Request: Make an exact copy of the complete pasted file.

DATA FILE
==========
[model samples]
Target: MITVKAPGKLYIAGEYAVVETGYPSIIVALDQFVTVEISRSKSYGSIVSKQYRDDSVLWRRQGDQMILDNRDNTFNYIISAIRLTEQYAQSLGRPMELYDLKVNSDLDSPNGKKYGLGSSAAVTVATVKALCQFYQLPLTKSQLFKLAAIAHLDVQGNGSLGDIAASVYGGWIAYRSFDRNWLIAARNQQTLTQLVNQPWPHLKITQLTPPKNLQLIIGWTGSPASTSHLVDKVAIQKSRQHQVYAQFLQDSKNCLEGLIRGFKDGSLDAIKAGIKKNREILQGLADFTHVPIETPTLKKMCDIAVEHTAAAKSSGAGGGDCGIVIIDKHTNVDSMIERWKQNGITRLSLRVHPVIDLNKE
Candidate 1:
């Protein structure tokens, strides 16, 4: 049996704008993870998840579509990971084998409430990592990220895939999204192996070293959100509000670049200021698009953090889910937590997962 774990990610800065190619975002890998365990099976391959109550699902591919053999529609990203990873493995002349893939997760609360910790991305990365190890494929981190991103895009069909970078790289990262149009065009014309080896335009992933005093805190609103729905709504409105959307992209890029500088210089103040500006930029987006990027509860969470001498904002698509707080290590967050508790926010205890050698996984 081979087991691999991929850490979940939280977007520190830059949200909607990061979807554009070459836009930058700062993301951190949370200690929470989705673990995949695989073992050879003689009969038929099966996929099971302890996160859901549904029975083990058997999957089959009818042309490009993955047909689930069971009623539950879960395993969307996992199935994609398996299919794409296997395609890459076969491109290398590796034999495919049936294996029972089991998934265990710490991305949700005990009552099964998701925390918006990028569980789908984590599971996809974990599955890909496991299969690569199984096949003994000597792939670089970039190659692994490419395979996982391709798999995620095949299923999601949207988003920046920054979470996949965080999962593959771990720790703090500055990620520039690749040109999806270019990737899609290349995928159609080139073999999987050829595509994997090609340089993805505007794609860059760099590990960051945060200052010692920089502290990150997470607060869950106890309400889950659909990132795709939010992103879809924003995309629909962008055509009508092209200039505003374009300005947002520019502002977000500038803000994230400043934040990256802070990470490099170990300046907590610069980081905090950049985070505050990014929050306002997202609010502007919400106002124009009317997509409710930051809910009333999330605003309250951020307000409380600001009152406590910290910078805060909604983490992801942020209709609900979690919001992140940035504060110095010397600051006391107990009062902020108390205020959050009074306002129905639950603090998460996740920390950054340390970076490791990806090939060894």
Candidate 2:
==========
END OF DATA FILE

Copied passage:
[model samples]
Target: MITVKAPGKLYIAGEYAVVETGYPSIIVALDQFVTVEISRSKSYGSIVSKQYRDDSVLWRRQGDQMILDNRDNTFNYIISAIRLTEQYAQSLGRPMELYDLKVNSDLDSPNGKKYGLGSSAAVTVATVKALCQFYQLPLTKSQLFKLAAIAHLDVQGNGSLGDIAASVYGGWIAYRSFDRNWLIAARNQQTLTQLVNQPWPHLKITQLTPPKNLQLIIGWTGSPASTSHLVDKVAIQKSRQHQVYAQFLQDSKNCLEGLIRGFKDGSLDAIKAGIKKNREILQGLADFTHVPIETPTLKKMCDIAVEHTAAAKSSGAGGGDCGIVIIDKHTNVDSMIERWKQNGITRLSLRVHPVIDLNKE
Candidate 1:
């Protein structure tokens, strides 16, 4: 049996704008993870998840579509990971084998409430990592990220895939999204192996070293959100509000670049200021698009953090889910937590997962 774990990610800065190619975002890998365990099976391959109550699902591919053999529609990203990873493995002349893939997760609360910790991305990365190890494929981190991103895009069909970078790289990262149009065009014309080896335009992933005093805190609103729905709504409105959307992209890029500088210089103040500006930029987006990027509860969470001498904002698509707080290590967050508790926010205890050698996984 081979087991691999991929850490979940939280977007520190830059949200909607990061979807554009070459836009930058700062993301951190949370200690929470989705673990995949695989073992050879003689009969038929099966996929099971302890996160859901549904029975083990058997999957089959009818042309490009993955047909689930069971009623539950879960395993969307996992199935994609398996299919794409296997395609890459076969491109290398590796034999495919049936294996029972089991998934265990710490991305949700005990009552099964998701925390918006990028569980789908984590599971996809974990599955890909496991299969690569199984096949003994000597792939670089970039190659692994490419395979996982391709798999995620095949299923999601949207988003920046920054979470996949965080999962593959771990720790703090500055990620520039690749040109999806270019990737899609290349995928159609080139073999999987050829595509994997090609340089993805505007794609860059760099590990960051945060200052010692920089502290990150997470607060869950106890309400889950659909990132795709939010992103879809924003995309629909962008055509009508092209200039505003374009300005947002520019502002977000500038803000994230400043934040990256802070990470490099170990300046907590610069980081905090950049985070505050990014929050306002997202609010502007919400106002124009009317997509409710930051809910009333999330605003309250951020307000409380600001009152406590910290910078805060909604983490992801942020209709609900979690919001992140940035504060110095010397600051006391107990009062902020108390205020959050009074306002129905639950603090998460996740920390950054340390970076490791990806090939060894």
Candidate 2: